How Information Technology Teams on Campus Work Together to Support You
Steve Jobs once said, “Technology is nothing. What’s important is that you have a faith in people.”
After speaking with the people who steward our use of technology on campus, it’s clear: We have visionary, committed leaders and teams.
Here are five ways they enable us to achieve excellent patient care—now and in the future.
1) Building and maintaining the core. The School of Medicine, UCHealth and Children’s Hospital Colorado are all investing significant amounts of time and money to ensure the core networks we depend on are reliable and up-to-date.
This core is what allows us to connect both internally and externally, jumping between university-based resources and hospital systems as we care for our patients. “Think of the core network as the central nervous system responsible for the distribution of information,” said Russell Poole.
”It’s not anything you see but you depend on it every day.”
2) Ensuring connectivity. Communication is key. Fortunately, the days of major cellular dead zones on campus should be a distant memory thanks to the work the IT teams did to boost cellular signals on campus. The first step was to enhance the infrastructure by installing a distributed antenna system, a project that was completed in 2013. For the most part, the second step was out of their hands.
“It was a long haul,” explained Steve Hess. “We’d done the work on our end, but we needed the cellular carriers to enhance their equipment in Building 500.” In December 2015, the last of the four major carriers completed their work, bringing this project to completion. Hess cautions that faculty might still experience some “black holes.”
“It’s hard to get a cell signal around an MRI machine or through lead lined walls,” he said.
The teams have also been upgrading wireless capabilities across campus. “We do our best to keep up with ever increasing influx,” explains Mary Anne Leach (pictured right), who says the wireless network at Children’s Hospital Colorado alone supports 7,000 wireless devices, with approximately 4,000 user-owned devices that float in and out of their network. In addition, Poole’s team is upgrading to next generation 5,000 megahertz access points, an addition that isn’t cheap.
“Each access point costs on average $1,000. We currently have 1,000 access points on campus and this number is growing,” Poole said.
3) Thinking beyond global to individual optimization. Electronic health records have the potential to improve all aspects of patient care, but frequent upgrades to the technology might mean some features are overlooked. To combat this, Hess and his team have learned that the traditional approach of making a wholesale change followed by a hospital-wide announcement doesn’t always work. “Global optimization doesn’t always cascade down to the individual doctor,” he said. “We ran a pilot where our IT people go in like a SWAT team and shadow the docs at their elbow to show new features, see what they are doing and suggest different ways.” The project was largely a success, and now the team has real data that can show the difference in physician efficiency pre- and post-intervention.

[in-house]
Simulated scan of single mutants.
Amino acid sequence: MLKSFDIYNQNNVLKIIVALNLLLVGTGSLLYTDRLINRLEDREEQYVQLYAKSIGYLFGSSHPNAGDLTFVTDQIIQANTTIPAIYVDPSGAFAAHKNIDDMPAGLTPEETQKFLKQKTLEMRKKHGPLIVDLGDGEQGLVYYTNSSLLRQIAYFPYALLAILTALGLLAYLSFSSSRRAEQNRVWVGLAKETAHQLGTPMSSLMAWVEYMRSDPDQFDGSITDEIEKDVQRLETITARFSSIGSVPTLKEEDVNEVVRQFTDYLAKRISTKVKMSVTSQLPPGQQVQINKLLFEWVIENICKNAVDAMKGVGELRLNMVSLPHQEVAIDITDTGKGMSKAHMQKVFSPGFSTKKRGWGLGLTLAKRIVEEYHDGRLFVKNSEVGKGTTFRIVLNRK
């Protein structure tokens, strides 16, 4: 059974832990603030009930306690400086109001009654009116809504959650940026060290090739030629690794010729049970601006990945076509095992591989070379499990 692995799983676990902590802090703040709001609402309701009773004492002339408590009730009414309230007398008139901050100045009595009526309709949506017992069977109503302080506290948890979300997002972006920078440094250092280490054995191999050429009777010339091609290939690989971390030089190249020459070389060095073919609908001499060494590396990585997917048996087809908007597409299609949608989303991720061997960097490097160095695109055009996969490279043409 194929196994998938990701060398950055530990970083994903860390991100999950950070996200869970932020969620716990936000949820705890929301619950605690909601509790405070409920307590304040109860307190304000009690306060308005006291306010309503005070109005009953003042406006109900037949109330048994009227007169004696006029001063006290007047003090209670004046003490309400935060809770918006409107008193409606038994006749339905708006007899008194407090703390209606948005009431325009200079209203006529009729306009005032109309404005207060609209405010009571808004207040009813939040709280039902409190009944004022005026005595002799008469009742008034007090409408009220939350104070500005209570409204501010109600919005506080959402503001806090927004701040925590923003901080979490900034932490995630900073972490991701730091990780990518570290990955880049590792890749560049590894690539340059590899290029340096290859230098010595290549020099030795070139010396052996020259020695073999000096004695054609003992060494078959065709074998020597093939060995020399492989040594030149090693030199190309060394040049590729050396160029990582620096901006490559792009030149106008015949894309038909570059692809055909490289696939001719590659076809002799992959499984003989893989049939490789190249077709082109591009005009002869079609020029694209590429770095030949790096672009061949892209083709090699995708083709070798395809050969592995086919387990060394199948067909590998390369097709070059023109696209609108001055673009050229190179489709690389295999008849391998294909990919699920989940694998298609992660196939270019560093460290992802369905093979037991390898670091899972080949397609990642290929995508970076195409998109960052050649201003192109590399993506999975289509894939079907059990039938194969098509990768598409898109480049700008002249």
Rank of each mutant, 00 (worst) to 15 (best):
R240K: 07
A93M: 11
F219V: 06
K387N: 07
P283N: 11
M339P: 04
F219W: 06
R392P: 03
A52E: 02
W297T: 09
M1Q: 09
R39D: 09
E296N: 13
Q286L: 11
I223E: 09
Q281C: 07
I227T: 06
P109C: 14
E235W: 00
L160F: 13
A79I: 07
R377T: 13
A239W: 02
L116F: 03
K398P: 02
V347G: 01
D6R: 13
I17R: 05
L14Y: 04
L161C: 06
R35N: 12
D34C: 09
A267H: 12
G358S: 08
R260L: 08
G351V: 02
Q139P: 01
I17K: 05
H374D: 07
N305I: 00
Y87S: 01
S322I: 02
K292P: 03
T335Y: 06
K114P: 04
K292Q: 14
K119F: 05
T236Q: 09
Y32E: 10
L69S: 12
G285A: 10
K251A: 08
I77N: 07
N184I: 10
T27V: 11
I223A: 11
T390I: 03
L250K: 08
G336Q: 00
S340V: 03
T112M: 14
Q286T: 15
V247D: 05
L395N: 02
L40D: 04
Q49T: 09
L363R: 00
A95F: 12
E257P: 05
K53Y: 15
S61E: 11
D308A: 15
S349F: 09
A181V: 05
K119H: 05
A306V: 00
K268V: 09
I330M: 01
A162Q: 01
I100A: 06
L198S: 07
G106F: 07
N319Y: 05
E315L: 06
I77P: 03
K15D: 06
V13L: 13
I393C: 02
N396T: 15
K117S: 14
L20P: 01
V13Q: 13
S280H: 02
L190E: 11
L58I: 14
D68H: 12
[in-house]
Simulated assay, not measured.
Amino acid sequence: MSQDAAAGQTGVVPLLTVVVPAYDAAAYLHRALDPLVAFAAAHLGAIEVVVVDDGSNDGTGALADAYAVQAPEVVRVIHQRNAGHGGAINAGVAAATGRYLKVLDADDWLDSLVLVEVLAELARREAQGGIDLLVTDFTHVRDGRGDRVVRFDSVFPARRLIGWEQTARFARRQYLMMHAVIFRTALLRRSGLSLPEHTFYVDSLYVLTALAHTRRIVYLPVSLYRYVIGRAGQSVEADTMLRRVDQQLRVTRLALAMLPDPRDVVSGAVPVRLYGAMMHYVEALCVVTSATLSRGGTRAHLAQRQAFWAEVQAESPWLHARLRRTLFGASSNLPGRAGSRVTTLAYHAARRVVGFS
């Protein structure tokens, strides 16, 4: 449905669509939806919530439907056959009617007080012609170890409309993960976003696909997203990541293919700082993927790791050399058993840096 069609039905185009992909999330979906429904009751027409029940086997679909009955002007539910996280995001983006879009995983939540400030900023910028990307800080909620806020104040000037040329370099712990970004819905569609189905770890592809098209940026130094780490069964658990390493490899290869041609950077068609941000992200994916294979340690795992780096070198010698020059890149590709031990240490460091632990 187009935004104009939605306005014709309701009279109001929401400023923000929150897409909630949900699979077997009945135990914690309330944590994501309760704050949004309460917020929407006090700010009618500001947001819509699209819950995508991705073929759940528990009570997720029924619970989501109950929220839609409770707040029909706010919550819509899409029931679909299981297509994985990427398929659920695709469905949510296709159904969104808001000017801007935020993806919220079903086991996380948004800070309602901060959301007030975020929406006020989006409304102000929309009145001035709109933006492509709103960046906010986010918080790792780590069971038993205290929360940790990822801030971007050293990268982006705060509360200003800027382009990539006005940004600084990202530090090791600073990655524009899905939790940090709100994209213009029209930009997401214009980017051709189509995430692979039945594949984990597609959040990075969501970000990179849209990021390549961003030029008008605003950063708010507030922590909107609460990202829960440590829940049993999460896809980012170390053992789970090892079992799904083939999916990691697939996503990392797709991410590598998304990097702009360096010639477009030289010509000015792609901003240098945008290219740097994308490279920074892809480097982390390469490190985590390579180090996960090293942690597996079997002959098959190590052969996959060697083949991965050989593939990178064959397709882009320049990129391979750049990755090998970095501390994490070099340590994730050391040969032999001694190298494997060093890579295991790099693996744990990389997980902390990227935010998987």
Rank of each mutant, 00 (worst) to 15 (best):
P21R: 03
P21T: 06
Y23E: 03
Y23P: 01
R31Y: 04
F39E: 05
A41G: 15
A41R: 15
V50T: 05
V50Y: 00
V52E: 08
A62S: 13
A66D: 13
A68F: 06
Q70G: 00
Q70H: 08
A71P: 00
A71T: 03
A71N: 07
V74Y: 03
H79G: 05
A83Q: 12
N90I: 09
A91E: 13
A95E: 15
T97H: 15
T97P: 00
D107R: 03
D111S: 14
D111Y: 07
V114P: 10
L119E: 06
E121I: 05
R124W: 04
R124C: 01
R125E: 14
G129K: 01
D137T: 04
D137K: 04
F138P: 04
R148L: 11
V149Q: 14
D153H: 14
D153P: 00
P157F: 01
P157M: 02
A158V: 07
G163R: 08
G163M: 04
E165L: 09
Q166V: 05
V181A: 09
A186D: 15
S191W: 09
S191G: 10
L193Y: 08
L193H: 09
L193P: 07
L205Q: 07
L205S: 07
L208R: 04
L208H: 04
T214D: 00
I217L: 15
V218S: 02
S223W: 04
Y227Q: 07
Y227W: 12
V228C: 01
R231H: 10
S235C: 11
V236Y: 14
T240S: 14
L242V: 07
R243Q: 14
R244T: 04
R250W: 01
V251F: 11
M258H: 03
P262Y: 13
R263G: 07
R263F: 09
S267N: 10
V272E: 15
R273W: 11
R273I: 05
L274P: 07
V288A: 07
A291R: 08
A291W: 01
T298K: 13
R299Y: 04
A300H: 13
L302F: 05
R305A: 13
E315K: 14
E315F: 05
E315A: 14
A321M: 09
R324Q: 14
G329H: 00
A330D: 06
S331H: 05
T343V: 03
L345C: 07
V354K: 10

4) Improving clinical data quality and analytics. “This is key for value-based care,” said Leach. She explains how Children’s Hospital Colorado will soon launch data governance and data stewardship programs, where each user of Epic will be a steward of data, using definitions consistently and correctly in order to improve the ability to extract trusted, actionable data. This data will flow into the Health Compass Data Warehouse, a campus-wide data warehouse that will gather and store patient data from Children’s Hospital Colorado and UCHealth, as well as patient and provider data from University Physicians and research data from the School of Medicine. “Our joint aim is to help providers access data, including genomics data, that will make medicine more personalized and precise,” she said. “When the four entities integrate our electronic health record data, eventually the analytical knowledge generated from these efforts will cycle back and feed into our EHRs at the point of care,” she said. “This is really what it’s all about—obtaining new knowledge and integrating this knowledge into the provider’s workflow to help them make the best clinical decisions.”
5) Enhancing clinician communication and collaboration. Increasing provider ability to collaborate across campuses has been a priority for all IT teams on the Anschutz campus. Poole explains how 1,000 phones in Building 500 are currently being upgraded with VOIP technology. Additionally, UCHealth recently launched a pilot project they hope enhances grand rounds and service line collaboration between the main campus and UCHealth locations in Colorado Springs and Fort Collins. Their teams have designed rooms in each region for teleconferencing. The rooms have onsite personnel assigned to every meeting who make sure the providers in the meeting can see, hear and share using video technology. “It’s a more systematic approach: the right rooms with the right equipment and the right personnel,” said Hess.
Ultimately, IT leadership on campus is working together to ensure their individual strategies align and strengthen the overall goals associated with a large academic medical institution.
“It takes a huge village to make everything work and work well together,” said Leach. “Our teams are innovating every day—they’re creating the future."
Thousands of people volunteer for clinical trials each year at the School of Medicine. Some offer payment; others give free health exams and follow-up.
View the CU Clinical Trials Website for volunteer opportunities.